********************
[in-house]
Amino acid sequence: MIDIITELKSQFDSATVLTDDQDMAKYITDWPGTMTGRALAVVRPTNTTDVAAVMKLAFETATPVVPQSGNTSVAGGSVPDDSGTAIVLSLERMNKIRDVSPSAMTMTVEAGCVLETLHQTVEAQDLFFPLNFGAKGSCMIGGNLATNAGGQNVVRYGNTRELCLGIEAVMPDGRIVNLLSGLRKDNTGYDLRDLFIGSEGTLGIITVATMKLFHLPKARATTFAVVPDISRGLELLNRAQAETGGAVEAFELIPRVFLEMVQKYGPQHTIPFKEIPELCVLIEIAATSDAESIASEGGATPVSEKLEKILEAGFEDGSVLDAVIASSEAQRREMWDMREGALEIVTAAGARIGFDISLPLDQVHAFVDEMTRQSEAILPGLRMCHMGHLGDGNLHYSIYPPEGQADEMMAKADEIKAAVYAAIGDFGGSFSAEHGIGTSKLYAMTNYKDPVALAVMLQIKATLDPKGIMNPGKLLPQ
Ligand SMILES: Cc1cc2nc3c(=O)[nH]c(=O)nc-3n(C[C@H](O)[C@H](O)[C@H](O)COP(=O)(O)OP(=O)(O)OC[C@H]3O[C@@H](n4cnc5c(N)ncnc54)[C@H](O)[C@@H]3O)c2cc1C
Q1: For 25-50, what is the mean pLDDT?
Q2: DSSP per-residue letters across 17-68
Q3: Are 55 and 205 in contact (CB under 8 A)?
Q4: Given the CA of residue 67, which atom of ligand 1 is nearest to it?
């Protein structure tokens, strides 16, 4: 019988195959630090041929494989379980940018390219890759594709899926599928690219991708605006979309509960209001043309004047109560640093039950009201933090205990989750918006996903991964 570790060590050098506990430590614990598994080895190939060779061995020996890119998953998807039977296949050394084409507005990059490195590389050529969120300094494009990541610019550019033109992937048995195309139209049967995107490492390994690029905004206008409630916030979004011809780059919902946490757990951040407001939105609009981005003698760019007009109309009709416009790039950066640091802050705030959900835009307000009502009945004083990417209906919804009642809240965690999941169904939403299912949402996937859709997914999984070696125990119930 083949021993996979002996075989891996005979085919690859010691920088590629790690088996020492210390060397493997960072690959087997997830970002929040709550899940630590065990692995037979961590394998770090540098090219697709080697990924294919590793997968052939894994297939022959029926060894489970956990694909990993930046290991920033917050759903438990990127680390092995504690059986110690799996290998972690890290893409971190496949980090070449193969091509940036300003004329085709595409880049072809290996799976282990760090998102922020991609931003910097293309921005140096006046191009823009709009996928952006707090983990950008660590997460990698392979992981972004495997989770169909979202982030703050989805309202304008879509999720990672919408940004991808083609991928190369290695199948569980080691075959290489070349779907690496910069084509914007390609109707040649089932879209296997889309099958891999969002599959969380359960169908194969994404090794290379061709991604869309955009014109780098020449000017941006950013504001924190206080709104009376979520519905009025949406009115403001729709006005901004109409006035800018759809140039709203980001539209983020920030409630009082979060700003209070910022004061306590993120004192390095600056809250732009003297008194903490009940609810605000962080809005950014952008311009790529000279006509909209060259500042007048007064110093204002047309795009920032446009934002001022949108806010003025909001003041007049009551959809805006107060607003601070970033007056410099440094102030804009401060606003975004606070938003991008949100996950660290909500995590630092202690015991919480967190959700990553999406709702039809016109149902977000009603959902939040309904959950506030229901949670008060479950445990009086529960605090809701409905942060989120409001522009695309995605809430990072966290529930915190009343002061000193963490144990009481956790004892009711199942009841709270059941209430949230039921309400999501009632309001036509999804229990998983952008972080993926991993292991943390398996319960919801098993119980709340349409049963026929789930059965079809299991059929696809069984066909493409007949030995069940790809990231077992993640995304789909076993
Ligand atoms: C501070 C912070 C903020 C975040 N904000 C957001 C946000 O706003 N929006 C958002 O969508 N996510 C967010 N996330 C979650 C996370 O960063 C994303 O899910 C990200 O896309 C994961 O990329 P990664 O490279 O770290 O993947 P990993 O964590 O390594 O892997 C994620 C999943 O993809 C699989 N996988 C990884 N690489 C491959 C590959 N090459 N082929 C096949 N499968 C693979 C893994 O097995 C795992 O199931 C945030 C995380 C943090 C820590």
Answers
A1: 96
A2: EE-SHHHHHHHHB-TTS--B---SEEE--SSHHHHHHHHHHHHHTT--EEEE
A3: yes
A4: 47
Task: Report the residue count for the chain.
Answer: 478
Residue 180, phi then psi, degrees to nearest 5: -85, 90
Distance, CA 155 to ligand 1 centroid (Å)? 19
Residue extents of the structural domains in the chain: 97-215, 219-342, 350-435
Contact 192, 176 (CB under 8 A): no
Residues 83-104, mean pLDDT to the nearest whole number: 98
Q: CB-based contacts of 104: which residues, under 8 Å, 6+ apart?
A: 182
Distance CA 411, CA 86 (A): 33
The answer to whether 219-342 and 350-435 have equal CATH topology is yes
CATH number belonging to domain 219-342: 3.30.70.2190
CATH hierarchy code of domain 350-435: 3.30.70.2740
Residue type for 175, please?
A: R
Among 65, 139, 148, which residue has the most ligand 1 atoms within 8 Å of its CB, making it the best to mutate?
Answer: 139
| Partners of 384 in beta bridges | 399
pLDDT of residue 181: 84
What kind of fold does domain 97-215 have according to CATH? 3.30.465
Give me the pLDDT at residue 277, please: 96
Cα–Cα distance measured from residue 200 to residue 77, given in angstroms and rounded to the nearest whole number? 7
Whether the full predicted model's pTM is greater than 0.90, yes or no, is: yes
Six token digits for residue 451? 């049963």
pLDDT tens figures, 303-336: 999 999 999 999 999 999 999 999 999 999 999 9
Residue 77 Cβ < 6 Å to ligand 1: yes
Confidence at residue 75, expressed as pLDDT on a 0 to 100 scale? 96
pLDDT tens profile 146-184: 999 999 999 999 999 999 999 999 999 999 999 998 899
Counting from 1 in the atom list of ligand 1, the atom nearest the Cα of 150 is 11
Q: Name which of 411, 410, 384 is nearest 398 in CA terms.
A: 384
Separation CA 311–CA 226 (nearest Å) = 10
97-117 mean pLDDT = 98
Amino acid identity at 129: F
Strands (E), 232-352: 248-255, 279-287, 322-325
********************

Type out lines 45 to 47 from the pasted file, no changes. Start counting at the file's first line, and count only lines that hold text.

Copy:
A: 384
Separation CA 311–CA 226 (nearest Å) = 10
97-117 mean pLDDT = 98